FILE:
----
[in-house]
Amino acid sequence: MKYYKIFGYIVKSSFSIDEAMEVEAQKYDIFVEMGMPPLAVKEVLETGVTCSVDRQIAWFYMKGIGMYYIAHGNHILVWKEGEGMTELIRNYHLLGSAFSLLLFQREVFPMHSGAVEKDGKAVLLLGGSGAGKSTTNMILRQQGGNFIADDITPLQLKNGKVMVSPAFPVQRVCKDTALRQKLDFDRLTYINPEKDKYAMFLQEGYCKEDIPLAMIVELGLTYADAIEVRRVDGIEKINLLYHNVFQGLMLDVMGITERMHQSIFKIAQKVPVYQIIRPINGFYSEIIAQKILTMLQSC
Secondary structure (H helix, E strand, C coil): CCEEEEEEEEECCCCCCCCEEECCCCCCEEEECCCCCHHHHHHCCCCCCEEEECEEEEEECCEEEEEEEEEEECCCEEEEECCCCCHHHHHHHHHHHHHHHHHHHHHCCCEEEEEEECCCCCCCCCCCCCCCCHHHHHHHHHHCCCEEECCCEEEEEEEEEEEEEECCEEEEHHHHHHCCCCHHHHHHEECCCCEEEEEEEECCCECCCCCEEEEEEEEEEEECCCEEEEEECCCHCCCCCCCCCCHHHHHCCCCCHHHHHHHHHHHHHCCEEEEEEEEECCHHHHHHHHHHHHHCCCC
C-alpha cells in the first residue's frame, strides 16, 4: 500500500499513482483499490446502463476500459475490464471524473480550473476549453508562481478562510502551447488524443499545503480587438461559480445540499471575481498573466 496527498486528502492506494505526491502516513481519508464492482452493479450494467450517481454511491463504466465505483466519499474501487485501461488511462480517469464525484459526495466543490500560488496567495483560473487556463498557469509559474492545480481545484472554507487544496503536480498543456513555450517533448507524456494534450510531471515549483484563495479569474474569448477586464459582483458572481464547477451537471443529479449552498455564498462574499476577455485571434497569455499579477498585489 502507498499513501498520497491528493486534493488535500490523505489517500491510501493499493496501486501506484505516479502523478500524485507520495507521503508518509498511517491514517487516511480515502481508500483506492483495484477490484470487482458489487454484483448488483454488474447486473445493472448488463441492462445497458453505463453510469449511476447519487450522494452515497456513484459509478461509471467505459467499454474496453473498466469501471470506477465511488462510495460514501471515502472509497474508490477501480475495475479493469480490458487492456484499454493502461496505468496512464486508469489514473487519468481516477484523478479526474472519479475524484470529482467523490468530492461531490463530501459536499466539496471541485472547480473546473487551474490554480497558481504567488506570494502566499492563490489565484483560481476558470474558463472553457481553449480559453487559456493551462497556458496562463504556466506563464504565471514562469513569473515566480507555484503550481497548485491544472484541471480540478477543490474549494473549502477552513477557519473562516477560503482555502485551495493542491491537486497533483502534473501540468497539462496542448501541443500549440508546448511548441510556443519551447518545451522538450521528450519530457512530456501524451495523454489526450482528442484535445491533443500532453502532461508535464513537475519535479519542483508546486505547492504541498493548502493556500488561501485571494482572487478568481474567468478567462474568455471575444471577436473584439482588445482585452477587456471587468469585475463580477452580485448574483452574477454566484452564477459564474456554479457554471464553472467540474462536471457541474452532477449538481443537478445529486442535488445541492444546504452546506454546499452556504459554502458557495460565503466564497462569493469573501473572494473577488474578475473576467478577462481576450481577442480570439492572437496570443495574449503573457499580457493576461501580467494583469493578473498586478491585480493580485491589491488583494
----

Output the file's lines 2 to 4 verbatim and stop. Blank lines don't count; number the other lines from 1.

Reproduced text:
Amino acid sequence: MKYYKIFGYIVKSSFSIDEAMEVEAQKYDIFVEMGMPPLAVKEVLETGVTCSVDRQIAWFYMKGIGMYYIAHGNHILVWKEGEGMTELIRNYHLLGSAFSLLLFQREVFPMHSGAVEKDGKAVLLLGGSGAGKSTTNMILRQQGGNFIADDITPLQLKNGKVMVSPAFPVQRVCKDTALRQKLDFDRLTYINPEKDKYAMFLQEGYCKEDIPLAMIVELGLTYADAIEVRRVDGIEKINLLYHNVFQGLMLDVMGITERMHQSIFKIAQKVPVYQIIRPINGFYSEIIAQKILTMLQSC
Secondary structure (H helix, E strand, C coil): CCEEEEEEEEECCCCCCCCEEECCCCCCEEEECCCCCHHHHHHCCCCCCEEEECEEEEEECCEEEEEEEEEEECCCEEEEECCCCCHHHHHHHHHHHHHHHHHHHHHCCCEEEEEEECCCCCCCCCCCCCCCCHHHHHHHHHHCCCEEECCCEEEEEEEEEEEEEECCEEEEHHHHHHCCCCHHHHHHEECCCCEEEEEEEECCCECCCCCEEEEEEEEEEEECCCEEEEEECCCHCCCCCCCCCCHHHHHCCCCCHHHHHHHHHHHHHCCEEEEEEEEECCHHHHHHHHHHHHHCCCC
C-alpha cells in the first residue's frame, strides 16, 4: 500500500499513482483499490446502463476500459475490464471524473480550473476549453508562481478562510502551447488524443499545503480587438461559480445540499471575481498573466 496527498486528502492506494505526491502516513481519508464492482452493479450494467450517481454511491463504466465505483466519499474501487485501461488511462480517469464525484459526495466543490500560488496567495483560473487556463498557469509559474492545480481545484472554507487544496503536480498543456513555450517533448507524456494534450510531471515549483484563495479569474474569448477586464459582483458572481464547477451537471443529479449552498455564498462574499476577455485571434497569455499579477498585489 502507498499513501498520497491528493486534493488535500490523505489517500491510501493499493496501486501506484505516479502523478500524485507520495507521503508518509498511517491514517487516511480515502481508500483506492483495484477490484470487482458489487454484483448488483454488474447486473445493472448488463441492462445497458453505463453510469449511476447519487450522494452515497456513484459509478461509471467505459467499454474496453473498466469501471470506477465511488462510495460514501471515502472509497474508490477501480475495475479493469480490458487492456484499454493502461496505468496512464486508469489514473487519468481516477484523478479526474472519479475524484470529482467523490468530492461531490463530501459536499466539496471541485472547480473546473487551474490554480497558481504567488506570494502566499492563490489565484483560481476558470474558463472553457481553449480559453487559456493551462497556458496562463504556466506563464504565471514562469513569473515566480507555484503550481497548485491544472484541471480540478477543490474549494473549502477552513477557519473562516477560503482555502485551495493542491491537486497533483502534473501540468497539462496542448501541443500549440508546448511548441510556443519551447518545451522538450521528450519530457512530456501524451495523454489526450482528442484535445491533443500532453502532461508535464513537475519535479519542483508546486505547492504541498493548502493556500488561501485571494482572487478568481474567468478567462474568455471575444471577436473584439482588445482585452477587456471587468469585475463580477452580485448574483452574477454566484452564477459564474456554479457554471464553472467540474462536471457541474452532477449538481443537478445529486442535488445541492444546504452546506454546499452556504459554502458557495460565503466564497462569493469573501473572494473577488474578475473576467478577462481576450481577442480570439492572437496570443495574449503573457499580457493576461501580467494583469493578473498586478491585480493580485491589491488583494